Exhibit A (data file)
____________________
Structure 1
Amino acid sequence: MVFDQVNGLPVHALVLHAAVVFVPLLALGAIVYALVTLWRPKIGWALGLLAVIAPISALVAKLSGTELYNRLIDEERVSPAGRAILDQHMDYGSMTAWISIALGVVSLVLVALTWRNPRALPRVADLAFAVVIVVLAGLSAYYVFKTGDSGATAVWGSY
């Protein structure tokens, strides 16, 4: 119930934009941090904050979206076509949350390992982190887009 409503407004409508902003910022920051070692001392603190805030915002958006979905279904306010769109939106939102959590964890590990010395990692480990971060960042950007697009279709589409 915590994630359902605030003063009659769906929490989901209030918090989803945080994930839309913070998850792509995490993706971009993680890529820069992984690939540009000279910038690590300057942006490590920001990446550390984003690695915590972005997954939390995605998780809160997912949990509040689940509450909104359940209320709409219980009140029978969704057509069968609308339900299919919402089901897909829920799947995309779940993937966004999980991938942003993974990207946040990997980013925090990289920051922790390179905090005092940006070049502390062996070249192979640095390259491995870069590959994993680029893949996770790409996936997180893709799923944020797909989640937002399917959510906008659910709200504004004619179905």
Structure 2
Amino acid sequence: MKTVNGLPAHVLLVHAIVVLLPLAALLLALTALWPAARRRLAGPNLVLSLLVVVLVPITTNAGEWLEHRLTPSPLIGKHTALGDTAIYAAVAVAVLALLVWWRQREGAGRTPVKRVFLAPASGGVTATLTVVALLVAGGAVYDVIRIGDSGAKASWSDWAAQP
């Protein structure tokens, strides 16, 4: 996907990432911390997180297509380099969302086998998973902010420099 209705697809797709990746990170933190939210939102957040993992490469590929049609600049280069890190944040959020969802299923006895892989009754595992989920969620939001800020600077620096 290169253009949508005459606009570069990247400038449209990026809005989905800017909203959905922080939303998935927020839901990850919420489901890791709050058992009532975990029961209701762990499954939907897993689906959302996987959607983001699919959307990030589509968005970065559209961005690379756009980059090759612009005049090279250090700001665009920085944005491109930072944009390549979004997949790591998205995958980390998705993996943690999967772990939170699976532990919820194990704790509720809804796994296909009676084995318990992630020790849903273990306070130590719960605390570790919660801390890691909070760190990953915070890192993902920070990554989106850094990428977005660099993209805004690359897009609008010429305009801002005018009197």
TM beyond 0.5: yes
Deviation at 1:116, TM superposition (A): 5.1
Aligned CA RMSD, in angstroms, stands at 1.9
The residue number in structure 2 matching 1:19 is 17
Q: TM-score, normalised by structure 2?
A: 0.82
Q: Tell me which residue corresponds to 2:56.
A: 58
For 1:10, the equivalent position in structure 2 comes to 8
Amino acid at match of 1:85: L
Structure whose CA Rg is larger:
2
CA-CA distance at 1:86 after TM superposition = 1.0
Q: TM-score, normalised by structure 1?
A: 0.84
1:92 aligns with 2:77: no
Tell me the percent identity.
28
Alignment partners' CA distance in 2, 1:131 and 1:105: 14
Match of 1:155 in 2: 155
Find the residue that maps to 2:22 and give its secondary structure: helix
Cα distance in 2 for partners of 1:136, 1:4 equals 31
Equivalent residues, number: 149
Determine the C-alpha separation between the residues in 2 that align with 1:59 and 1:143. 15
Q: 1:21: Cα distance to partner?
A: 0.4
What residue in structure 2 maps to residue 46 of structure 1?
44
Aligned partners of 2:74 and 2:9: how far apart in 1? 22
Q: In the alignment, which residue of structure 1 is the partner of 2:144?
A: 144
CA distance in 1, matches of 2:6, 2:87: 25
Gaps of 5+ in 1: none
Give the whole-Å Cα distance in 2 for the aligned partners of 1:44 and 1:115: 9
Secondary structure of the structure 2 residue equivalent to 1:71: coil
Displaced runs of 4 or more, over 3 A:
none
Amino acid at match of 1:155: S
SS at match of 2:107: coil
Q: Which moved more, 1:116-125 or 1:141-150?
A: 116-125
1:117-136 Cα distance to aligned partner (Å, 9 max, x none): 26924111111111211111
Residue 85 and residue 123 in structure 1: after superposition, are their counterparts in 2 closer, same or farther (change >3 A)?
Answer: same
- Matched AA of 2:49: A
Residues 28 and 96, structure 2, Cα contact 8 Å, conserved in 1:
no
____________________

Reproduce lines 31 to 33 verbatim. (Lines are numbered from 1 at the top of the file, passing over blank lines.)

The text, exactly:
Q: 1:21: Cα distance to partner?
A: 0.4
What residue in structure 2 maps to residue 46 of structure 1?